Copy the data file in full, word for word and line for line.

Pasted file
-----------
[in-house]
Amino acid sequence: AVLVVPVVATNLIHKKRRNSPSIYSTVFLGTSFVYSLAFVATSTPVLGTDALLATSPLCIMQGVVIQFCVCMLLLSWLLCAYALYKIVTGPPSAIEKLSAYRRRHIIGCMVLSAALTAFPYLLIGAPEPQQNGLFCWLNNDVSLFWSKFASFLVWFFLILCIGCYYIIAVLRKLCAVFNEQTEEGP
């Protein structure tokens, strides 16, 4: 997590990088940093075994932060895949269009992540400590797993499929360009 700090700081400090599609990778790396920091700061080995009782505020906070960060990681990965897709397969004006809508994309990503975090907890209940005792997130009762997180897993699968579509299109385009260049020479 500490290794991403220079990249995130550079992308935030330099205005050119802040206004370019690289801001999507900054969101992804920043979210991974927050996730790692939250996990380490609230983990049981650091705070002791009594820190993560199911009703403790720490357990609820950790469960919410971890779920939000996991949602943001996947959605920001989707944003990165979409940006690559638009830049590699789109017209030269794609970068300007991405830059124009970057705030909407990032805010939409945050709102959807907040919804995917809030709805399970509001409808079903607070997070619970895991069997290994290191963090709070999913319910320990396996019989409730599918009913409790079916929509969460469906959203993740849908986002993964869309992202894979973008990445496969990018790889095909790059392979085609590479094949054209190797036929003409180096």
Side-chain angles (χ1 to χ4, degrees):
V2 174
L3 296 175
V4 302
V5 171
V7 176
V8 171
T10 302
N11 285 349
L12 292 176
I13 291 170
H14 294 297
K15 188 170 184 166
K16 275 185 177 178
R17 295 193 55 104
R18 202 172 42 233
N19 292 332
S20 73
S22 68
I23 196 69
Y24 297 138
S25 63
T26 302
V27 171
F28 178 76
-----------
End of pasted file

[in-house]
Amino acid sequence: AVLVVPVVATNLIHKKRRNSPSIYSTVFLGTSFVYSLAFVATSTPVLGTDALLATSPLCIMQGVVIQFCVCMLLLSWLLCAYALYKIVTGPPSAIEKLSAYRRRHIIGCMVLSAALTAFPYLLIGAPEPQQNGLFCWLNNDVSLFWSKFASFLVWFFLILCIGCYYIIAVLRKLCAVFNEQTEEGP
């Protein structure tokens, strides 16, 4: 997590990088940093075994932060895949269009992540400590797993499929360009 700090700081400090599609990778790396920091700061080995009782505020906070960060990681990965897709397969004006809508994309990503975090907890209940005792997130009762997180897993699968579509299109385009260049020479 500490290794991403220079990249995130550079992308935030330099205005050119802040206004370019690289801001999507900054969101992804920043979210991974927050996730790692939250996990380490609230983990049981650091705070002791009594820190993560199911009703403790720490357990609820950790469960919410971890779920939000996991949602943001996947959605920001989707944003990165979409940006690559638009830049590699789109017209030269794609970068300007991405830059124009970057705030909407990032805010939409945050709102959807907040919804995917809030709805399970509001409808079903607070997070619970895991069997290994290191963090709070999913319910320990396996019989409730599918009913409790079916929509969460469906959203993740849908986002993964869309992202894979973008990445496969990018790889095909790059392979085609590479094949054209190797036929003409180096």
Side-chain angles (χ1 to χ4, degrees):
V2 174
L3 296 175
V4 302
V5 171
V7 176
V8 171
T10 302
N11 285 349
L12 292 176
I13 291 170
H14 294 297
K15 188 170 184 166
K16 275 185 177 178
R17 295 193 55 104
R18 202 172 42 233
N19 292 332
S20 73
S22 68
I23 196 69
Y24 297 138
S25 63
T26 302
V27 171
F28 178 76